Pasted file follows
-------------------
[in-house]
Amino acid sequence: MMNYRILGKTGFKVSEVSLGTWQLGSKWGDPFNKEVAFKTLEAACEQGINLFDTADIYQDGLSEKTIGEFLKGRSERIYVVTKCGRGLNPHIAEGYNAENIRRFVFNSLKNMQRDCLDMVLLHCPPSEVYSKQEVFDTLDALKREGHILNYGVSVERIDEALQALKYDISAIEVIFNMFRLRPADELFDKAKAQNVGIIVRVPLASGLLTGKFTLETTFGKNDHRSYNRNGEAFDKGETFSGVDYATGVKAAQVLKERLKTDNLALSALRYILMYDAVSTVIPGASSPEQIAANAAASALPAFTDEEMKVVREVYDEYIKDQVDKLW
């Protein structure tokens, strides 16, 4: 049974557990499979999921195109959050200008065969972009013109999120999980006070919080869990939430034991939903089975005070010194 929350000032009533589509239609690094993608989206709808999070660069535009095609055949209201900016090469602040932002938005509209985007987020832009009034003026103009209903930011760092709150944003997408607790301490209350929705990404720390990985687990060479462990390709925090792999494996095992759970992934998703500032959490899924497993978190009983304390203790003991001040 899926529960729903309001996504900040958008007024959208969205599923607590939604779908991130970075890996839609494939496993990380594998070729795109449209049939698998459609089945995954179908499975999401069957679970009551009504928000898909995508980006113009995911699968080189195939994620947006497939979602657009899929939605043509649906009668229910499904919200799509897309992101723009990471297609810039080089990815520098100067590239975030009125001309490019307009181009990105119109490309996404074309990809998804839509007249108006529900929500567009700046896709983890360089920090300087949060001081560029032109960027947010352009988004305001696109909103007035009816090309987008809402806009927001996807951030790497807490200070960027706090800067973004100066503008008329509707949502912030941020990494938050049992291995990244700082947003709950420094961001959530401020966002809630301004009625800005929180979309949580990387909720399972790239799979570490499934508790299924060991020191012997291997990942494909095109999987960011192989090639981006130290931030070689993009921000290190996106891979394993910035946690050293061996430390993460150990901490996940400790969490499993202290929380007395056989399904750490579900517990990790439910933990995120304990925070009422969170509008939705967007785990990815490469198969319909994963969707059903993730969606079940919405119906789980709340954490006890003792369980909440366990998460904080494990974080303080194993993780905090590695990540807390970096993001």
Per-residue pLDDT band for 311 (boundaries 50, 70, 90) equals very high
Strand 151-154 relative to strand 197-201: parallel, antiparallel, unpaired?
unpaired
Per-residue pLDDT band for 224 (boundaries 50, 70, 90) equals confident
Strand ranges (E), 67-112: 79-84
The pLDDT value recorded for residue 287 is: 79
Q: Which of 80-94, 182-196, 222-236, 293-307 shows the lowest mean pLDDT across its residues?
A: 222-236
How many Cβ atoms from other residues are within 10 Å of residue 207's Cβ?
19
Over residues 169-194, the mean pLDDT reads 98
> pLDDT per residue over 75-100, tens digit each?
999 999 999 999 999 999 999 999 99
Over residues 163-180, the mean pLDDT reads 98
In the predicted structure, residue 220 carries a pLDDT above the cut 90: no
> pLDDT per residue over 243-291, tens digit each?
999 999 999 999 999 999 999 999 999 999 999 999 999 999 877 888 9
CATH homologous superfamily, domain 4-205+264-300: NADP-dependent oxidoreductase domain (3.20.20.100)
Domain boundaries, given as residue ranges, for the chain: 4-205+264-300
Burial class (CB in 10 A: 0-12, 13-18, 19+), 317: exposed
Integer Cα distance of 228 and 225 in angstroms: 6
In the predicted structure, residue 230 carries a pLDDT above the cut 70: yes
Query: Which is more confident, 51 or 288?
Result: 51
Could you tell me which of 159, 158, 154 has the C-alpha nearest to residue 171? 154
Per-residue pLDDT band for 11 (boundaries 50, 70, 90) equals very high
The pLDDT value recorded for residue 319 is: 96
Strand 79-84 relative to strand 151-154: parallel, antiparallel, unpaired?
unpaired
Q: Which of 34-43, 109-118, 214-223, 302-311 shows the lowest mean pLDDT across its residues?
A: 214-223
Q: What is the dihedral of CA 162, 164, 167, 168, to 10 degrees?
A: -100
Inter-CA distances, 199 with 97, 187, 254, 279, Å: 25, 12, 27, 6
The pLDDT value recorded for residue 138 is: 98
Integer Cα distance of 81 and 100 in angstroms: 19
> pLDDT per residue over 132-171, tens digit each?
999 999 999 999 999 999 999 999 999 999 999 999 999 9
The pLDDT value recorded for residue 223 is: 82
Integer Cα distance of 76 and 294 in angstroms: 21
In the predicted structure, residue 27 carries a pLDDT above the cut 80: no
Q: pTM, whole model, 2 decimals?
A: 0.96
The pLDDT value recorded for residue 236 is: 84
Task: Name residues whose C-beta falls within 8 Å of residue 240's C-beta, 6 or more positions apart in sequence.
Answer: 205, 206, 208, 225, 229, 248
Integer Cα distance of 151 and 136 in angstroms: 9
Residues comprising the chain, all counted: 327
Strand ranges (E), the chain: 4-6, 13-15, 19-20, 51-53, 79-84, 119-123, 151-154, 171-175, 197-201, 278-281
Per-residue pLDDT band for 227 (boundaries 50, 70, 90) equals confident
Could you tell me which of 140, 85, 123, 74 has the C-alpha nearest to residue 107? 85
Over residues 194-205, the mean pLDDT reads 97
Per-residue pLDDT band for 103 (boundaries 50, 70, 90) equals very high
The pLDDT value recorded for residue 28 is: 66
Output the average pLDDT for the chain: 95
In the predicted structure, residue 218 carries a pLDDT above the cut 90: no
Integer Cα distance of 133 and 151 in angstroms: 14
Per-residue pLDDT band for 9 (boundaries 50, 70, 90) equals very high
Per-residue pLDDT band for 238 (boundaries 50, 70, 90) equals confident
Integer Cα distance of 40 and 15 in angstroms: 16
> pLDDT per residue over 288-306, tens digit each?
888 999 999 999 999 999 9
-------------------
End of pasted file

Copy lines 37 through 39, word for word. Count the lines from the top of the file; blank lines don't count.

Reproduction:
Inter-CA distances, 199 with 97, 187, 254, 279, Å: 25, 12, 27, 6
The pLDDT value recorded for residue 138 is: 98
Integer Cα distance of 81 and 100 in angstroms: 19